3 things about Texas

Never having lived in Texas, I have nonetheless had my fair share of exposure to Texas culture. Both my parents as well as my wife were born and raised there, so I have knocked around in and out of the state as a visitor over the decades, been exposed to the whole Texas “thing” in absentia. We’ve “done” Austin, seen the bats. Traversed Lubbock to Lajitas, Lufkin to Marfa. We even chose gorgeous yet obscure Big Bend National Park, one of my wife’s favorite spots, as our honeymoon destination. That said, a few Texas cultural anomalies struck me on this trip that I had not keyed on before. They may have been there, and I guess I started picking up on them earlier, but they are certainly not part of the Texas Zeitgeist that I was made aware of as a child visiting my grandparents.

  1. Tamales at Christmas. Maybe this is a Houston thing. Maybe it is a late-20th-century-white-middle-class-becoming-more-culturally-aware thing. It’s definitely become a Tex-Mex tradition. Around Christmas time everybody with a pickup truck and pointed boots is vying for their tamales, comparing notes on their sources, getting their orders in early. Everybody has a connection. A guy. A guy with a Mexican mother, to be more accurate. The known dealers – out the back door of a no-name strip-mall Mexican restaurant, say – have reputations and lines down the street on a Saturday morning before Christmas. The real insiders require just as much work – your son’s college roomate’s mom, we’ll make it worth her while…. a co-workers wife’s extended family’s matriarchs, etc. This isn’t just hand-rolling masa like sushi. Next time you’re at the farmer’s market notice the large lever-arm tamale machines for sale over by the tortilla presses.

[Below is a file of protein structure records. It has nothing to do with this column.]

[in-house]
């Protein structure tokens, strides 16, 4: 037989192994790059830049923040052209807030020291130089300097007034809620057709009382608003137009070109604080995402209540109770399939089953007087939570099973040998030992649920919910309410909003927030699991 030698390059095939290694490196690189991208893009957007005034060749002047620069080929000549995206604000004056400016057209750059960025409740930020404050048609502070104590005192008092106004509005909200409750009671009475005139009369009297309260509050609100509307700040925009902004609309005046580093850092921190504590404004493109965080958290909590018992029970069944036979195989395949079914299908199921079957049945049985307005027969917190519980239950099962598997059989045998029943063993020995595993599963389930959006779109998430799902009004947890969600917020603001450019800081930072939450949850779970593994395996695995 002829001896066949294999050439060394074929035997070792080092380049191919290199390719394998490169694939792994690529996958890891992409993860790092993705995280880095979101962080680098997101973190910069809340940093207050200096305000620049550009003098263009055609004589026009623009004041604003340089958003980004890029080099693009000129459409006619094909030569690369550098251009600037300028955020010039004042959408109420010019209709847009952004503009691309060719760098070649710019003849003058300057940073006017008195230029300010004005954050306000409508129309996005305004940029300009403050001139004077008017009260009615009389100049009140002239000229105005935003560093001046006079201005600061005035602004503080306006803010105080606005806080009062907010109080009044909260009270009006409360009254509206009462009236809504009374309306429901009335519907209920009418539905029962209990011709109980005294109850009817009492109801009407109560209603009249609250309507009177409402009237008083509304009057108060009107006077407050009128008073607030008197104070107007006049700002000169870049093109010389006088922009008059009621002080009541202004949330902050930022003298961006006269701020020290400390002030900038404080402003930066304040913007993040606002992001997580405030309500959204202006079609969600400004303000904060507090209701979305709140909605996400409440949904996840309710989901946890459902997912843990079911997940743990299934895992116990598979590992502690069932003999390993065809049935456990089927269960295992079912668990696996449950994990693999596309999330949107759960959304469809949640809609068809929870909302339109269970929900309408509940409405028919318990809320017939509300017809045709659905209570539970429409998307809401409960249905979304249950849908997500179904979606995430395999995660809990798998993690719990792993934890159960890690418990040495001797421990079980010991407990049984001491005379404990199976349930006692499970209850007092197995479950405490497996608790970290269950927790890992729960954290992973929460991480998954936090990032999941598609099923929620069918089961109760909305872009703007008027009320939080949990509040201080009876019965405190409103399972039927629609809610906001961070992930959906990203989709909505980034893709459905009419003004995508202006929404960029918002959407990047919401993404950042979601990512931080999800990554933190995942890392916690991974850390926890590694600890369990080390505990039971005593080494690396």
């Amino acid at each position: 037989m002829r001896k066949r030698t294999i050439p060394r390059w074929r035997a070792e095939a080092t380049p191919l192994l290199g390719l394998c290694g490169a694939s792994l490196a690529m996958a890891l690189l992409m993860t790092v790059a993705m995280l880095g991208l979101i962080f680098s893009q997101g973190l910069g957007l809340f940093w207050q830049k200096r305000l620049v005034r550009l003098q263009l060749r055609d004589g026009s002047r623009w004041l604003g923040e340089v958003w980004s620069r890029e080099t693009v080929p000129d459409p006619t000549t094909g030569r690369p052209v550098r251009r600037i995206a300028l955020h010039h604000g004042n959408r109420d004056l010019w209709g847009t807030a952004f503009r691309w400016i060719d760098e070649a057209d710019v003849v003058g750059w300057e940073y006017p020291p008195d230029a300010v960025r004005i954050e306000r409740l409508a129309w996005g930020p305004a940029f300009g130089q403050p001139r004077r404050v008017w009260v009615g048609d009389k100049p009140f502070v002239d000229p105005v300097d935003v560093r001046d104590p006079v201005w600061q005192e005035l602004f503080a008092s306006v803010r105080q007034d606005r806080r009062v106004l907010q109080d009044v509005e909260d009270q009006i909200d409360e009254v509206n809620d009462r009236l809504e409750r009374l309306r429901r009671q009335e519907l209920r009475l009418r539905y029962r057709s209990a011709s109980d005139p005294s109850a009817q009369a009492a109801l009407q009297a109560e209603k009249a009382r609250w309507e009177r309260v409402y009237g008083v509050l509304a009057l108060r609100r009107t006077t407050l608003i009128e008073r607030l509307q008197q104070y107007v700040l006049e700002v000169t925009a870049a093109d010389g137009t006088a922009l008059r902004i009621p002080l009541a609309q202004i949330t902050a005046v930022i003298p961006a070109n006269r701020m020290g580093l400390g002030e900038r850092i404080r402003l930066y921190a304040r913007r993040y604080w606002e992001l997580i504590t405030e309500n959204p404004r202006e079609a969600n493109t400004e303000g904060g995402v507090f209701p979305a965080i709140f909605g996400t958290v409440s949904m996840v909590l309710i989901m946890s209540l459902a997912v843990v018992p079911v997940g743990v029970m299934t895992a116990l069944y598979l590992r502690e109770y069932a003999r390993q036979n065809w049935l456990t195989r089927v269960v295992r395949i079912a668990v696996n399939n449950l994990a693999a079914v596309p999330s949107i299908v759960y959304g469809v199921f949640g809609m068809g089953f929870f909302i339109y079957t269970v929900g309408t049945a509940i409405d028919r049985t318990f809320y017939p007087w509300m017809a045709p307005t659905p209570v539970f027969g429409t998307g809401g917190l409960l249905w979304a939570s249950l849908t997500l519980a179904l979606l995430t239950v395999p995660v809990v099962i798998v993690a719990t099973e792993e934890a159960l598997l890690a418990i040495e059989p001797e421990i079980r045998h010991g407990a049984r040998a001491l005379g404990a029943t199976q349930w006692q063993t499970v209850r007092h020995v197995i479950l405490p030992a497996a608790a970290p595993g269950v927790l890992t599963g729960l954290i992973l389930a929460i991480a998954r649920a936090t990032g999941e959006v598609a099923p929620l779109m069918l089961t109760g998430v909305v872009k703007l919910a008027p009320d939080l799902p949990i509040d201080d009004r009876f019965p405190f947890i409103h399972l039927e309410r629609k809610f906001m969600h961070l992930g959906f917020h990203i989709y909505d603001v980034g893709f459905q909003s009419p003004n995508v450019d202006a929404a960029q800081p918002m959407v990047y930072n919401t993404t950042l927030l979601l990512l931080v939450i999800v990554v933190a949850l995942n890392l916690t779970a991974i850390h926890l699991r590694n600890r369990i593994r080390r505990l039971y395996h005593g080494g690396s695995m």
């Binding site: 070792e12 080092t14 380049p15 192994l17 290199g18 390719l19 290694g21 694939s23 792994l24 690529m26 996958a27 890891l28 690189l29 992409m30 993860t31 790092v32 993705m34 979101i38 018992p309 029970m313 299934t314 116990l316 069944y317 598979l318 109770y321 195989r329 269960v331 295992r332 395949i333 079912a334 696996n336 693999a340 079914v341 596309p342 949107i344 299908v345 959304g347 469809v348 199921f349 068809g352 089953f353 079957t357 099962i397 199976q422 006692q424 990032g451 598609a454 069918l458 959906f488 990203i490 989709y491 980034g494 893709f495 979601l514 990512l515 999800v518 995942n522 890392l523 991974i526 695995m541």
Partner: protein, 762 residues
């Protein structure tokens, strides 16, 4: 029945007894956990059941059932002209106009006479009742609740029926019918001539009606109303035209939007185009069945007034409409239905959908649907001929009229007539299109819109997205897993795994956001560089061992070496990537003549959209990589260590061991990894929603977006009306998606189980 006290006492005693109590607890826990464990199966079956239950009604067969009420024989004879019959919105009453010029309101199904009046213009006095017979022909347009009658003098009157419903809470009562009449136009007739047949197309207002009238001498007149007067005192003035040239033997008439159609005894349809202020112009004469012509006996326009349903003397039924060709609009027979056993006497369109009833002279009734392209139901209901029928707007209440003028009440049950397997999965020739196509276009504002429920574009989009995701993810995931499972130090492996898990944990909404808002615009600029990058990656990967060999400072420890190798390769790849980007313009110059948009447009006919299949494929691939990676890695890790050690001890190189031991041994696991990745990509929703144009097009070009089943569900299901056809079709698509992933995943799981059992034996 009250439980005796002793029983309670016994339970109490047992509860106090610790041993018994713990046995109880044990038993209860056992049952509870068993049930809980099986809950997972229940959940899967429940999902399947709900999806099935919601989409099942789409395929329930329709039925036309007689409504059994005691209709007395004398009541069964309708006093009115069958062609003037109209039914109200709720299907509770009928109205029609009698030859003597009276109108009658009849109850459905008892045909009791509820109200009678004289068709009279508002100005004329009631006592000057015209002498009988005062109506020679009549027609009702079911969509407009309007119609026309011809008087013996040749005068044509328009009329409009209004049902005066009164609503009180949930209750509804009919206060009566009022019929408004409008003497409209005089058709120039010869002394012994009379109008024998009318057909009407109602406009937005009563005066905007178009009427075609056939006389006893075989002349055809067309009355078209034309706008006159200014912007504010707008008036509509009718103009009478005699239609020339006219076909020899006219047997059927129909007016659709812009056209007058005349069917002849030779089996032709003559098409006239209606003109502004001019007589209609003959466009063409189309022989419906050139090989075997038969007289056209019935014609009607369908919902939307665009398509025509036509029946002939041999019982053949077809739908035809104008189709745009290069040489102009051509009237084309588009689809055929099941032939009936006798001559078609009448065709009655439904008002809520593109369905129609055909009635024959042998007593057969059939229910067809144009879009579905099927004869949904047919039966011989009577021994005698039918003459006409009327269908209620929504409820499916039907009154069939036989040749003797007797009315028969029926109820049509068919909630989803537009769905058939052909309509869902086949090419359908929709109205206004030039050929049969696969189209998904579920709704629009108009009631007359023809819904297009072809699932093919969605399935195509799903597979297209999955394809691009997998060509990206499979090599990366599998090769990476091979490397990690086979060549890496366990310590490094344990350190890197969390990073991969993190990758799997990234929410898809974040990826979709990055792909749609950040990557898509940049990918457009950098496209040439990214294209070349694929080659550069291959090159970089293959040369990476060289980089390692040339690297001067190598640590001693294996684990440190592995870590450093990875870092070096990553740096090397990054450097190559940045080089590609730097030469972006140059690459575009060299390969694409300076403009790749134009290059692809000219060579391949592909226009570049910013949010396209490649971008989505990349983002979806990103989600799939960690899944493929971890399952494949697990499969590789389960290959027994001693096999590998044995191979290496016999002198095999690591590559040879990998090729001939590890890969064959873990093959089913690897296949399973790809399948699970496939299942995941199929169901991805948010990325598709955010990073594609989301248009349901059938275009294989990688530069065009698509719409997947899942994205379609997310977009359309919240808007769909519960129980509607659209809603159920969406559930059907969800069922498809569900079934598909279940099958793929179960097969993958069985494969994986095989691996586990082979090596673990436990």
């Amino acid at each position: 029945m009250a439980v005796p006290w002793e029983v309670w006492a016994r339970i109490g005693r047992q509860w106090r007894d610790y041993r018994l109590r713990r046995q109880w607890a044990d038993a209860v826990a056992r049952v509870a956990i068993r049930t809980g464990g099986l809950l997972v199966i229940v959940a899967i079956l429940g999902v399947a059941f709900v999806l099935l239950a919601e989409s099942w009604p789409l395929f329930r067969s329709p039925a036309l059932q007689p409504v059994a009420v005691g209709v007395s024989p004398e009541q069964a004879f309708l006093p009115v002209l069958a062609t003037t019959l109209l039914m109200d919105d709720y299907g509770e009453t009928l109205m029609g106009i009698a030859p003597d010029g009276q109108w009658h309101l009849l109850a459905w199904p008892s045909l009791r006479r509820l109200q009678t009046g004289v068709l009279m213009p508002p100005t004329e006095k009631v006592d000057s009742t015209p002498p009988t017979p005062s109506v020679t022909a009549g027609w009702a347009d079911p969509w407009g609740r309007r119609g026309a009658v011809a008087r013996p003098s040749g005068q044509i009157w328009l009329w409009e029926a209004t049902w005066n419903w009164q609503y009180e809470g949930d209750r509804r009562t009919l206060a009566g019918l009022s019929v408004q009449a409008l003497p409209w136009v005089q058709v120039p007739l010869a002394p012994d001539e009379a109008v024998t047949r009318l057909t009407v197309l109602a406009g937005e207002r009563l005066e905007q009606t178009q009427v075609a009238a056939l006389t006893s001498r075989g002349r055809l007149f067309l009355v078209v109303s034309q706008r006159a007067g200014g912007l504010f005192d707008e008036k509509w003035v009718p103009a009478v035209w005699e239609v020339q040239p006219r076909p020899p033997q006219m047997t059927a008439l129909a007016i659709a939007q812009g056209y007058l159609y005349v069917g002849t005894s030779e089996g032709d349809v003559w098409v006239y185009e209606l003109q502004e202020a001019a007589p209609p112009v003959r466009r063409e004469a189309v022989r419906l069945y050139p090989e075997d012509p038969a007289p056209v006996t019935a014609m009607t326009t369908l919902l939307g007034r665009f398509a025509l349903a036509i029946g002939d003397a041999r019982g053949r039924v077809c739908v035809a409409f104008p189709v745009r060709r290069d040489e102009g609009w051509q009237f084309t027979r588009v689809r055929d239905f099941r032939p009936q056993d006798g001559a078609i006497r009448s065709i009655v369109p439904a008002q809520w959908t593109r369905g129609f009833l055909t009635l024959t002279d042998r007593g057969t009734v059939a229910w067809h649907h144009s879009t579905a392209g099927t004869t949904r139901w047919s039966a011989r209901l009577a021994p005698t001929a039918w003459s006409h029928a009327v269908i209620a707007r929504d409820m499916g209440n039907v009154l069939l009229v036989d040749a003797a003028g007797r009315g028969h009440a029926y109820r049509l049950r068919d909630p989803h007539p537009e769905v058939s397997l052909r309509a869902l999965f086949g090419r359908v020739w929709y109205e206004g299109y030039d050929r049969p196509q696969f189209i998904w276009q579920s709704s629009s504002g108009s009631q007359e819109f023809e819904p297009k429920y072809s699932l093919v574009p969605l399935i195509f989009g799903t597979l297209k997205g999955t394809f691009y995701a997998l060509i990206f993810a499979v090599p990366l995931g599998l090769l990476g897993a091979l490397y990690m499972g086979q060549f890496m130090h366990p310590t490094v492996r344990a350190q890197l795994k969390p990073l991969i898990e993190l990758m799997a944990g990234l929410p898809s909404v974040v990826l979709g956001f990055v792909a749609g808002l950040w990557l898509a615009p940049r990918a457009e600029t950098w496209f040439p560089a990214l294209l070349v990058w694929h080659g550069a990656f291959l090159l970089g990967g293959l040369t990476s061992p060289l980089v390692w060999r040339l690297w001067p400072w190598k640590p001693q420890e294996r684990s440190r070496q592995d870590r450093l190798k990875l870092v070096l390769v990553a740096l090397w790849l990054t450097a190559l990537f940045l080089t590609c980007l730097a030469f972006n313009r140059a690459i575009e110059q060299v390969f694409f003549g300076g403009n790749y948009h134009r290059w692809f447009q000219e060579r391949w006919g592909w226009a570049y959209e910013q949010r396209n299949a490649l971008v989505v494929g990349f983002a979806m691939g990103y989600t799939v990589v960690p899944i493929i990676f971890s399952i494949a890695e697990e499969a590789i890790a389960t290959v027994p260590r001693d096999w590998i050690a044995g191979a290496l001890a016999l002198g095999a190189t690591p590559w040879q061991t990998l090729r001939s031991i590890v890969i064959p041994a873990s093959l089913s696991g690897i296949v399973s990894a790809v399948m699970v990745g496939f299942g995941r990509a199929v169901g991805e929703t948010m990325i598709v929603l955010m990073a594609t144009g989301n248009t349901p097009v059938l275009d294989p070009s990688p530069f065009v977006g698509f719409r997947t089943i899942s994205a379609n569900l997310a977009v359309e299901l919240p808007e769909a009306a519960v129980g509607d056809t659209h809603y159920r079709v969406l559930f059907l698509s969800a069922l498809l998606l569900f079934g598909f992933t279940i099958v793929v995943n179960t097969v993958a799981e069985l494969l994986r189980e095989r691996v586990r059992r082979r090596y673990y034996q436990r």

2. Donut shops. Around here we have Krispy Kreme and Dunkin Donuts. Around there you have them…everywhere. Every strip mall seems to be anchored with a mom & pop donut shop. A large percentage of them are owned by ethnic minorities from Easts middle and far. And they all specialize in Kolaces (the pigs-in-a-blanket variety, not the filled pastry). Talk about your melting pot. And it’s where everybody goes to grab breakfast.
  3. Defensive Driving Schools as Comedy Clubs. Huh? Yes. Necessity is the mother of invention, and when TX mandated Defensive Driving School to keep points off your record (I assume) somebody came up with having comedians teach the class. Throw in a 2-drink minumum show as part of the package. And it has caught on, apparently. This was confirmed in an episode of King of the Hill, the rest of the world’s window on Texas. I tell you what.

One thought on “3 things about Texas

  1. Interesting observations–all coming into the state since I officially left in 1966. My growing up Christmas menu never included tamales. On the othe hand, your maternal grandmother made the best tamales in TX; always made them on the day they slaughtered the hog. I regret that I didn't get her recipe. bjm

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